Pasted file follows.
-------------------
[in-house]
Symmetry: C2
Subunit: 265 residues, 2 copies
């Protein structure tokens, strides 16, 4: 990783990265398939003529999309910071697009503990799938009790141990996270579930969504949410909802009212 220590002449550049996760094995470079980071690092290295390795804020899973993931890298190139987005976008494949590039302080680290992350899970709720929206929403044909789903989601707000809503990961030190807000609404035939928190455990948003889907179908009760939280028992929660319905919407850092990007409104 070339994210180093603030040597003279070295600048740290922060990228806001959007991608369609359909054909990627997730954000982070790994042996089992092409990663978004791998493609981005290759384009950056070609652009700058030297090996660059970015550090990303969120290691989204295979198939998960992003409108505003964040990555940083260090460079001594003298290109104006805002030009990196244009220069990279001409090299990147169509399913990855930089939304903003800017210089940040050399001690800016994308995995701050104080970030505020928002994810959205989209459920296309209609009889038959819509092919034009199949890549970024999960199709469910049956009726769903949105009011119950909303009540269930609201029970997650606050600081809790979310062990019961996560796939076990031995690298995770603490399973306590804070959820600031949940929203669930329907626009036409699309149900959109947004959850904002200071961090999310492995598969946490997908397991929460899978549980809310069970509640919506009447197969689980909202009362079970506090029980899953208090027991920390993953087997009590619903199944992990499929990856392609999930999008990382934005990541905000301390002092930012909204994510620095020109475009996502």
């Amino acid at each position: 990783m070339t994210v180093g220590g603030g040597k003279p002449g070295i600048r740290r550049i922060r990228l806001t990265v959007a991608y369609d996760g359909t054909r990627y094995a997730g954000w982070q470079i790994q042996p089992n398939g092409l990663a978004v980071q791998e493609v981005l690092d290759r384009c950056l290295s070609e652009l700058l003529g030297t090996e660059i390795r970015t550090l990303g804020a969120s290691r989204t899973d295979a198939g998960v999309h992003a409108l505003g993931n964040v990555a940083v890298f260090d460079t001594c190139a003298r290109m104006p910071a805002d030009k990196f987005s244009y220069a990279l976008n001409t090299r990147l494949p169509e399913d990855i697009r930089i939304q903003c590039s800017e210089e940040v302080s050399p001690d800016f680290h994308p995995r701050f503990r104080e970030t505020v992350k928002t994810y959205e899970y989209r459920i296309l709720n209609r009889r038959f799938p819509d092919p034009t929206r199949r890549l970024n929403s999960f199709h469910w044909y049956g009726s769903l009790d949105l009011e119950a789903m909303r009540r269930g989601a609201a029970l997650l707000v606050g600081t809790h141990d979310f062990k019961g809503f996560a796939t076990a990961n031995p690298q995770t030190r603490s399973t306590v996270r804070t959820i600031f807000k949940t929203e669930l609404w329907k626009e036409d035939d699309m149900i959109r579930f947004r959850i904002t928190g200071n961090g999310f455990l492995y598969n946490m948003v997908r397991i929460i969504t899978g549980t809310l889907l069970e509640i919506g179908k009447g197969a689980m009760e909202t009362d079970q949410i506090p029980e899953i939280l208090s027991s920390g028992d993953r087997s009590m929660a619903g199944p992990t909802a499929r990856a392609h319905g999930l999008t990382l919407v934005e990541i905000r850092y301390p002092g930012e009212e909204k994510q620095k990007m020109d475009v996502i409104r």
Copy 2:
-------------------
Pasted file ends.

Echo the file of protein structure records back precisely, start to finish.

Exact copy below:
[in-house]
Symmetry: C2
Subunit: 265 residues, 2 copies
């Protein structure tokens, strides 16, 4: 990783990265398939003529999309910071697009503990799938009790141990996270579930969504949410909802009212 220590002449550049996760094995470079980071690092290295390795804020899973993931890298190139987005976008494949590039302080680290992350899970709720929206929403044909789903989601707000809503990961030190807000609404035939928190455990948003889907179908009760939280028992929660319905919407850092990007409104 070339994210180093603030040597003279070295600048740290922060990228806001959007991608369609359909054909990627997730954000982070790994042996089992092409990663978004791998493609981005290759384009950056070609652009700058030297090996660059970015550090990303969120290691989204295979198939998960992003409108505003964040990555940083260090460079001594003298290109104006805002030009990196244009220069990279001409090299990147169509399913990855930089939304903003800017210089940040050399001690800016994308995995701050104080970030505020928002994810959205989209459920296309209609009889038959819509092919034009199949890549970024999960199709469910049956009726769903949105009011119950909303009540269930609201029970997650606050600081809790979310062990019961996560796939076990031995690298995770603490399973306590804070959820600031949940929203669930329907626009036409699309149900959109947004959850904002200071961090999310492995598969946490997908397991929460899978549980809310069970509640919506009447197969689980909202009362079970506090029980899953208090027991920390993953087997009590619903199944992990499929990856392609999930999008990382934005990541905000301390002092930012909204994510620095020109475009996502």
């Amino acid at each position: 990783m070339t994210v180093g220590g603030g040597k003279p002449g070295i600048r740290r550049i922060r990228l806001t990265v959007a991608y369609d996760g359909t054909r990627y094995a997730g954000w982070q470079i790994q042996p089992n398939g092409l990663a978004v980071q791998e493609v981005l690092d290759r384009c950056l290295s070609e652009l700058l003529g030297t090996e660059i390795r970015t550090l990303g804020a969120s290691r989204t899973d295979a198939g998960v999309h992003a409108l505003g993931n964040v990555a940083v890298f260090d460079t001594c190139a003298r290109m104006p910071a805002d030009k990196f987005s244009y220069a990279l976008n001409t090299r990147l494949p169509e399913d990855i697009r930089i939304q903003c590039s800017e210089e940040v302080s050399p001690d800016f680290h994308p995995r701050f503990r104080e970030t505020v992350k928002t994810y959205e899970y989209r459920i296309l709720n209609r009889r038959f799938p819509d092919p034009t929206r199949r890549l970024n929403s999960f199709h469910w044909y049956g009726s769903l009790d949105l009011e119950a789903m909303r009540r269930g989601a609201a029970l997650l707000v606050g600081t809790h141990d979310f062990k019961g809503f996560a796939t076990a990961n031995p690298q995770t030190r603490s399973t306590v996270r804070t959820i600031f807000k949940t929203e669930l609404w329907k626009e036409d035939d699309m149900i959109r579930f947004r959850i904002t928190g200071n961090g999310f455990l492995y598969n946490m948003v997908r397991i929460i969504t899978g549980t809310l889907l069970e509640i919506g179908k009447g197969a689980m009760e909202t009362d079970q949410i506090p029980e899953i939280l208090s027991s920390g028992d993953r087997s009590m929660a619903g199944p992990t909802a499929r990856a392609h319905g999930l999008t990382l919407v934005e990541i905000r850092y301390p002092g930012e009212e909204k994510q620095k990007m020109d475009v996502i409104r």
Copy 2: